Click Strikes Back: Disgraced Prof Says She’s Really A Martyr For ‘Taking A Chance’

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Blake Neff Reporter
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Fired University of Missouri (MU) professor Melissa Click published an op-ed Thursday justifying her actions in The Washington Post, claiming she has been unfairly victimized by the Internet outrage machine because she “took a chance” by attacking a student journalist.

“I do not understand the widespread impulse to shame those whose best intentions unfortunately result in imperfect actions,” Click says. “What would our world be like if no one ever took a chance? What if everyone played it safe?”

Click’s rhetoric about taking a chance makes it sound as though she founded a failed business or attempted a dangerous stunt, but in fact she did nothing of the sort. What she did was attack an MU student who was attempting to cover Concerned Student 1950 protests at the school. When the student approached the protesters, Click ordered him to leave, grabbed at the camera and, when he resisted, called for some “muscle” to help remove him. (RELATED: The 9 Most Preposterous Parts Of Melissa Click’s Absurd Résumé)

Click’s behavior was denounced as a physical attack on the free press and free speech. But in her op-ed, Click says the real threat to free expression was the student journalist himself. The student’s effort, she says, was an act of “surveillance” that will suppress free speech in the U.S.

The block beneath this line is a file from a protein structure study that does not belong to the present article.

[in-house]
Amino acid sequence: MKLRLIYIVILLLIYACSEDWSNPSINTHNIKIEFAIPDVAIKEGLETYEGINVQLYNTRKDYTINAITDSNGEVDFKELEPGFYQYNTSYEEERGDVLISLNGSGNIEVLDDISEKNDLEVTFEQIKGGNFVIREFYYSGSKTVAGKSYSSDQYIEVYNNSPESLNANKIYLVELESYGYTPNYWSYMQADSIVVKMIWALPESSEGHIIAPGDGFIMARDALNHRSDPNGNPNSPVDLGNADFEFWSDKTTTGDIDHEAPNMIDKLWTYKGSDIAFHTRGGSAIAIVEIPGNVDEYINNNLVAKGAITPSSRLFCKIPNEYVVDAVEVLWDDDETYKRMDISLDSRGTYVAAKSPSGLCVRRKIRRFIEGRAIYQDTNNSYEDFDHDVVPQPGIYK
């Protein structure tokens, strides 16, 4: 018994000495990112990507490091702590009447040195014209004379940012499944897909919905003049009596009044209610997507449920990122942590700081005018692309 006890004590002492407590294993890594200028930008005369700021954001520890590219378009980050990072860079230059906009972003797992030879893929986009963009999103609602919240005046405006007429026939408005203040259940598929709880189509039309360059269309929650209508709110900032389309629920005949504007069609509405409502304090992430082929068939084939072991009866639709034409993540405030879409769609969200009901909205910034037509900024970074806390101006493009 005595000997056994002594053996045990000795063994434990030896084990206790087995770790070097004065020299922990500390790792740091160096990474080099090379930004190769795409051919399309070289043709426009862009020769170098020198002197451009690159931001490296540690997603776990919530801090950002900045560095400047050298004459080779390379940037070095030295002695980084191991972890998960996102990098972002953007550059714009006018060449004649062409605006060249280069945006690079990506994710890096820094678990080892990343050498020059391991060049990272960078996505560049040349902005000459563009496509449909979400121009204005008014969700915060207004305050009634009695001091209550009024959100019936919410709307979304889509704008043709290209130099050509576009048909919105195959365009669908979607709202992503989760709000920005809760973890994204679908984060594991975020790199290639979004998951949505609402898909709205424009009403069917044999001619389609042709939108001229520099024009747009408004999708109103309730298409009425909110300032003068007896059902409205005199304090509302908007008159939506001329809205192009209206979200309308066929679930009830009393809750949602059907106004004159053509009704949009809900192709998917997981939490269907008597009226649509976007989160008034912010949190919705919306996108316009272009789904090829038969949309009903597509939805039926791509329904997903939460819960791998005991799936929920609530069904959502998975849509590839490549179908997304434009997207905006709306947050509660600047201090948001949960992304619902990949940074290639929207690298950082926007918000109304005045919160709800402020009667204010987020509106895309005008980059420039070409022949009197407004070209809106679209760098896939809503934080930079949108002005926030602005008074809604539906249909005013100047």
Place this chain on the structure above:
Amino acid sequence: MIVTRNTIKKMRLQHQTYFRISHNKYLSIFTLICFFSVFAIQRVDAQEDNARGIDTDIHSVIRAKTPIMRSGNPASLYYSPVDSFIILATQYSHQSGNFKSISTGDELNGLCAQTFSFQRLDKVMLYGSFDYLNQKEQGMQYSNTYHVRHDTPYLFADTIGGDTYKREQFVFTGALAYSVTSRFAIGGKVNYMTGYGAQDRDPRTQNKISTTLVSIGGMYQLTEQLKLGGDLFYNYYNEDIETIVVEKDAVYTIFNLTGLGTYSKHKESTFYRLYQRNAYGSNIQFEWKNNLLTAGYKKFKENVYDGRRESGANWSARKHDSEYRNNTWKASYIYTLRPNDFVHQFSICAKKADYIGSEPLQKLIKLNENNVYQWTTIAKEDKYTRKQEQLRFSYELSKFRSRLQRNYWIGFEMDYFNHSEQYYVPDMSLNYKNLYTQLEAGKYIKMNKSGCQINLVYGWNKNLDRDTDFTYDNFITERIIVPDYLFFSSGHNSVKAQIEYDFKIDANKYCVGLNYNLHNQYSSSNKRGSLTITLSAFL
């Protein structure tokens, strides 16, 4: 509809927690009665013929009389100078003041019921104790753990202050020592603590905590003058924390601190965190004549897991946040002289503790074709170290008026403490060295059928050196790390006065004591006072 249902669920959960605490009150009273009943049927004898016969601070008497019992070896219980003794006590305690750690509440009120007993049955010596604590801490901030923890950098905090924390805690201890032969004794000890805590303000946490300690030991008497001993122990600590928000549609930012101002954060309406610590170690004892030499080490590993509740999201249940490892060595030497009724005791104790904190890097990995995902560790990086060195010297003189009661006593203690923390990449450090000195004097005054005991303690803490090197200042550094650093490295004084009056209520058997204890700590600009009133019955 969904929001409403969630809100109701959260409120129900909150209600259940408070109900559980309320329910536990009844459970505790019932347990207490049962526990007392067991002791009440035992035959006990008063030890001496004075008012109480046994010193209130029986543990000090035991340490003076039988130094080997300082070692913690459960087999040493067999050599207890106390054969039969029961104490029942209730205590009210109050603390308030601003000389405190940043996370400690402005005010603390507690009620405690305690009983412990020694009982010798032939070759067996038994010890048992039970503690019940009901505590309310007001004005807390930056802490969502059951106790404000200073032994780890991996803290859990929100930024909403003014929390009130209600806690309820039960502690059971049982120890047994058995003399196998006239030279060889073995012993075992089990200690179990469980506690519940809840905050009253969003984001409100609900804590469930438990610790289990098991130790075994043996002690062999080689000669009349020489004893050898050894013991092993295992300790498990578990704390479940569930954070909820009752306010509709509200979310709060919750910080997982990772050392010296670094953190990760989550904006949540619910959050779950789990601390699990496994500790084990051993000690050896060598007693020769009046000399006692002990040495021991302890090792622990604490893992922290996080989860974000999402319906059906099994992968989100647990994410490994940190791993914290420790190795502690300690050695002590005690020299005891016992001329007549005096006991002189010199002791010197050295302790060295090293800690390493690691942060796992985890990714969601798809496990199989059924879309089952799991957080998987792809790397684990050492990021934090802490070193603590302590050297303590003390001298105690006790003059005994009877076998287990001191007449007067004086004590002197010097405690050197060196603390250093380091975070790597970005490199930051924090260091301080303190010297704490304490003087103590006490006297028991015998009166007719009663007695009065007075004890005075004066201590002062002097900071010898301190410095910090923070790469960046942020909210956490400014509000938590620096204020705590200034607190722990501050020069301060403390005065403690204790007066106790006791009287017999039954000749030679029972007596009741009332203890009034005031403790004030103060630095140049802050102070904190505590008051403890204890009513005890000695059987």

“I believe this situation raises broader cultural, ethical, and legal questions about how surveillance and social media significantly impact the terrain of public engagement,” she says. “Whose interests are served when our drive to combat societal imperfections is defeated by fears of having our individual imperfections exposed?”

Click’s op-ed comes a few weeks after she was fired by MU administrators, who were under heavy pressure from Missouri lawmakers to get her off the state payroll. Earlier this week, Click’s appeal against her termination was denied.

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